The Heart of Communication: Inside Plantronics’ Transformation into Poly
“One small step for man, one giant leap for mankind.”
It’s one of history’s most famous quotes, transmitted from the moon back to earth by Neil Armstrong. And it was powered by a headset designed and built by Plantronics, a company born and based in Santa Cruz.
Founded in 1961 by two pilots who wanted better aviation headsets, Plantronics grew from a seedling company to being used by NASA within 10 years.
“We enabled all of those transmissions and communications between people on the ground in Houston and the astronauts in space,” says Poly VP of Brand and Corporate Design Darrin Caddes. “Those headsets that enabled those transmissions from the moon were handbuilt right here in Santa Cruz.”
Just the Beginning
It’s an impressive bit of local trivia, and the company is just getting started.
Recently, the Plantronics team joined forces with Polycom, a San Jose-based company that has grown from creating conference phones into creating better conferencing in a broader sense, including video conferencing.
Together, the two companies formed Poly, and they have communication electronics covered.
“When you think about Plantronics being personal audio–being worn on or around the body—and Polycom being in the environment,” says *Caddes, “it really is a beautiful marriage of product portfolios and our potential in enterprise environments to make a much bigger impact. We can address problems from a systematic level as opposed to just on the product level.”
A Question of Identity
Combining the two companies, however brought up a question of identity. With creation of a new company came the opportunity to create something entirely new, to “shed some of the legacy mentality as an organization and step into something together where we really unite as one company under a different umbrella,” explains Caddes. The problem with doing that is that, in shedding identities, they would walk away from 57 years of equity.
“For a communications company to walk away from the most significant transmission in the history of humankind,” says Caddes, “is kind of a crazy notion.”
Instead, they worked to draft off the legacy and rich heritage of both companies.
“We wanted to maintain a lot of the heritage,” says Caddes, “but at the same time lean into something new.”
Behind the Name
Poly is the result. The word poly means many, and the new team found beauty in that—a “metaphor for all of us coming together,” explains Caddes.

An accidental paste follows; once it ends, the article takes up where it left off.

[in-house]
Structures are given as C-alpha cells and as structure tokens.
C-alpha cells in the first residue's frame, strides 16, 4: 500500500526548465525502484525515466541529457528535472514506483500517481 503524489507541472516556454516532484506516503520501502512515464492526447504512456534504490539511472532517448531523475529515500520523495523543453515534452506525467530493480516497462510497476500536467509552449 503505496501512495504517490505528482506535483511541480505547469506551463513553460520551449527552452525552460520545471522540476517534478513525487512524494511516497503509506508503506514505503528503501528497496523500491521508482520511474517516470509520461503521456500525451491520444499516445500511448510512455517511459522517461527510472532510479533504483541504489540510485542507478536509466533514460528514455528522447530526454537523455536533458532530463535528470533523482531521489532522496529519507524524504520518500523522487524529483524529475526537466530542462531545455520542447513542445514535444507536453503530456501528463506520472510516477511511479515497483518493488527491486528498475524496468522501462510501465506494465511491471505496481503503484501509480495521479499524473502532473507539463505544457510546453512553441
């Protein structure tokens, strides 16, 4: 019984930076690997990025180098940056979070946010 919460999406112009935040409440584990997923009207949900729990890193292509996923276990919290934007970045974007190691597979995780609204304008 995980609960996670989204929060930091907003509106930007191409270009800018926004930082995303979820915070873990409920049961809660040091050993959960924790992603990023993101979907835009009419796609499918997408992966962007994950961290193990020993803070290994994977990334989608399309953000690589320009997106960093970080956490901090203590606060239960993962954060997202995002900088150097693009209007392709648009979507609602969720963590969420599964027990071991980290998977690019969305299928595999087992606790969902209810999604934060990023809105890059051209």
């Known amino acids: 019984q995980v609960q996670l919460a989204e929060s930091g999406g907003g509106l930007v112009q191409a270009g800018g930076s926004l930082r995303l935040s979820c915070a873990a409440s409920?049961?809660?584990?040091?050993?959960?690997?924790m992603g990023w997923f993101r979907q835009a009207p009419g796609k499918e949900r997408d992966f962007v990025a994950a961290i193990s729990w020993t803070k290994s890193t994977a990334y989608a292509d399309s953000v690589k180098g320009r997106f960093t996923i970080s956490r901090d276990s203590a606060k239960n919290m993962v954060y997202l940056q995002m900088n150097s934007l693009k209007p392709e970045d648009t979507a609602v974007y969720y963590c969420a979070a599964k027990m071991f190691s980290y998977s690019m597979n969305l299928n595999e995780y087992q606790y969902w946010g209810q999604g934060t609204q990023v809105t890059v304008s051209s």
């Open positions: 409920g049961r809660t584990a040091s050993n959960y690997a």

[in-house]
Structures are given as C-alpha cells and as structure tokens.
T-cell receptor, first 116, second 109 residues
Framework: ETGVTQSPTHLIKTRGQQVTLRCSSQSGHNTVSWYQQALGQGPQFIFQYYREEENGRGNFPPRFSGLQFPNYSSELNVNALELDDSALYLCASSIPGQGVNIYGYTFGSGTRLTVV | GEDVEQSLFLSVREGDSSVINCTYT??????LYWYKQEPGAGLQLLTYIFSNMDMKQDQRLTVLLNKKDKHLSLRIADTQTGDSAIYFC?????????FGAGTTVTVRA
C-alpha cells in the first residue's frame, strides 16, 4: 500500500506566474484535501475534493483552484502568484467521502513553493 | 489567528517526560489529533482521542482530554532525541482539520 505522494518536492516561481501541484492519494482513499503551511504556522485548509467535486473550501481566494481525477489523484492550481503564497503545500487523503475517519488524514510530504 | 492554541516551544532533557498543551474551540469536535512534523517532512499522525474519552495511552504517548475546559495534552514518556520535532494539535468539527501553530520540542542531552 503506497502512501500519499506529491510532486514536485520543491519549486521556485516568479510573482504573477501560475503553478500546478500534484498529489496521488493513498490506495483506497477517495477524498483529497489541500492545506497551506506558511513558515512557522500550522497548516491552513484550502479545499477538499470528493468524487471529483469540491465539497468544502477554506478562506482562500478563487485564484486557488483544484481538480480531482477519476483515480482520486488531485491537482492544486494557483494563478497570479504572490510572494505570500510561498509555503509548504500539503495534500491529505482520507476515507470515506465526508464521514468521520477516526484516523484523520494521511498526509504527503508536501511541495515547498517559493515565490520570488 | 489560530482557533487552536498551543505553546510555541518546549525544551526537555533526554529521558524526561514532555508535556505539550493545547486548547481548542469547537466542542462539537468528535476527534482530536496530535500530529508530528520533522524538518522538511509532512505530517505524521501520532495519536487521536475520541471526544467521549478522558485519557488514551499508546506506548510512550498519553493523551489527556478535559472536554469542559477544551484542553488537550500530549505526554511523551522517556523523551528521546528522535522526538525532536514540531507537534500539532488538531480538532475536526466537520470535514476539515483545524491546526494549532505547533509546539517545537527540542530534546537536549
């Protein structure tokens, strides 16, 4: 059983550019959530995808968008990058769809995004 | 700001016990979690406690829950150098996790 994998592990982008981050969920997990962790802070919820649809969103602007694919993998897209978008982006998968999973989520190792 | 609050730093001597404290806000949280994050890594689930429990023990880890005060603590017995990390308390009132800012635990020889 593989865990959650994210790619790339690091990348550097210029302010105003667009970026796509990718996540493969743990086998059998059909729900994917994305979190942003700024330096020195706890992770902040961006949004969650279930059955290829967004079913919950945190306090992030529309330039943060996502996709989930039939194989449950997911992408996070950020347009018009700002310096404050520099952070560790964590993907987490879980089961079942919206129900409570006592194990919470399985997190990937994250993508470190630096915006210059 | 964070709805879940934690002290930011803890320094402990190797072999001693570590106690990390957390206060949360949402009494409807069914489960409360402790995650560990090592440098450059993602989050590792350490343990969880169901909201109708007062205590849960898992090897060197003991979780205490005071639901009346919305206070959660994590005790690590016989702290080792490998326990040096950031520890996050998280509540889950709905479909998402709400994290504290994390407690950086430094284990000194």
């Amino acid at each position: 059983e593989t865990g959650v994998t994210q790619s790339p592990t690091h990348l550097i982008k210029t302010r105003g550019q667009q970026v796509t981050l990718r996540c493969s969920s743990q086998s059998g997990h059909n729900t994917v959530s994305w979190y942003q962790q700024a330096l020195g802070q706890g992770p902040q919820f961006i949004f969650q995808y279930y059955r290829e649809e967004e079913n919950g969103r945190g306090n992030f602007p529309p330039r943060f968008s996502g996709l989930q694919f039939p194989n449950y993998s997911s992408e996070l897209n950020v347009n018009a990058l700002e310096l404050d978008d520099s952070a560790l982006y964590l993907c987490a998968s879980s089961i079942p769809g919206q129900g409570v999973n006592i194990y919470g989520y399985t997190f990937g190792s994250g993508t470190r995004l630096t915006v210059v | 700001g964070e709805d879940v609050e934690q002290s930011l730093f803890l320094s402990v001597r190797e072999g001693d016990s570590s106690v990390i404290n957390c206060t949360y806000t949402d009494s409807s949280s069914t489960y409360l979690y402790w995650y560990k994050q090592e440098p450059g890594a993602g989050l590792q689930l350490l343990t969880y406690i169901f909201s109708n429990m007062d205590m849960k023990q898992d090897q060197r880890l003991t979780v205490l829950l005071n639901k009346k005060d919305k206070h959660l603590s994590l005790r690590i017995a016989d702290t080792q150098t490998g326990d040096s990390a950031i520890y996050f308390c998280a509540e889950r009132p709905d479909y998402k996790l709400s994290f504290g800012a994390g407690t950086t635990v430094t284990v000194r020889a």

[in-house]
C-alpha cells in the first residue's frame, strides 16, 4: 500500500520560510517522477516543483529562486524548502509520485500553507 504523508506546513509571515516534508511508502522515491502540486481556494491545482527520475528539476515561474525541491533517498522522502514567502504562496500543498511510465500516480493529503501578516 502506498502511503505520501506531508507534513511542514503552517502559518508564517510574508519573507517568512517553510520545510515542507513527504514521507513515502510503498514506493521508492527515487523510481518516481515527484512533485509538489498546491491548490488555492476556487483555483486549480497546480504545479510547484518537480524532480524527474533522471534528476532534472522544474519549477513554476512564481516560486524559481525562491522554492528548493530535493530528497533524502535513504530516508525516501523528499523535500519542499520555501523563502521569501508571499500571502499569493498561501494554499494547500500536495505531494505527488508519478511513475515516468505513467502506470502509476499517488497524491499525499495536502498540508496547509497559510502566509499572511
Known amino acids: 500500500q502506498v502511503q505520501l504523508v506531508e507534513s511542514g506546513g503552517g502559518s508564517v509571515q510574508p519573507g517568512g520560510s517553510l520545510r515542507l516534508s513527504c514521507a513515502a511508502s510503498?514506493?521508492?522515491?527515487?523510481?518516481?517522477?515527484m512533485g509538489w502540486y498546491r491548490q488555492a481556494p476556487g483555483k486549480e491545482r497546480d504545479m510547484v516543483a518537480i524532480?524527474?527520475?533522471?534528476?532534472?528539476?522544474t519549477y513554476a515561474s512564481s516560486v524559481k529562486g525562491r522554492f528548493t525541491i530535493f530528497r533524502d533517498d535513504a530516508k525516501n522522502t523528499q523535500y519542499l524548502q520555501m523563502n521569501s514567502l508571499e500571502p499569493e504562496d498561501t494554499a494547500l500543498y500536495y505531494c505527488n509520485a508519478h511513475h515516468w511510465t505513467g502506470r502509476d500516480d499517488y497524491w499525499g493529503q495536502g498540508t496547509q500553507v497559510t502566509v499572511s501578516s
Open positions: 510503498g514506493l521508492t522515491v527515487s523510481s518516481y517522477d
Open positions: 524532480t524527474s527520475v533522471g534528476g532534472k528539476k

The name is derivative of Polycom, and the Poly brand symbol, a propellor crafted from three P’s, has layers of symbolism and gives nod to the pilots who founded Plantronics back in 1961.
“We still have a lot of rich history in aviation,” says Caddes. “That’s really important to us.”
The goal with the new name, and the new company mark, was, as Caddes explains, “to maintain the heritage, maintain the legacy and let all of that act as inertia to help push us into the future–the next generation of the company.”
At Home in Santa Cruz
Plantronics has been in Santa Cruz for almost 60 years and Caddes says the company has no intention of leaving. In fact, they’re looking for ways to further infuse the brand with some of the innovative California culture—more specifically, Santa Cruz culture.
“I want our community to know that our heart is still here,” says Caddes.
The local headquarters was designed to reflect Santa Cruz culture, including showcasing surfboards shaped by local shapers, imagery of our mountains, redwoods and ocean, and repurposed barn wood that was pulled down locally. Company headquarters around the world reflect their local environment and culture, but Caddes explains that they all have “a little taste of Santa Cruz.”
Beyond Sight and Sound
Poly brings renewed energy and vision for both companies. For decades, Plantronics and Polycom designed for speech, sound and sight. Now they’re going for something bigger.
“We were designing for the head,” says Caddes. “Now we’re designing for the heart.”
The company’s mission going forward isn’t just video and communication, it’s content sharing and helping people to collaborate and connect seamlessly. As enterprise environments become more dense and include more open workspace, and people work from wherever they are, including coffee shops, coworking spaces, airports, cars, at home, and in the office, Poly aims to be there.
The company is focused on helping people collaborate and “let the tech step out of the way.”
“Our role is to really provide opportunities,” says Caddes. “Not only for people to connect and share and collaborate, but to do that on a deeper, more meaningful level. This is the genesis of Poly.”
Cat Johnson is a writer and content strategist based in Santa Cruz.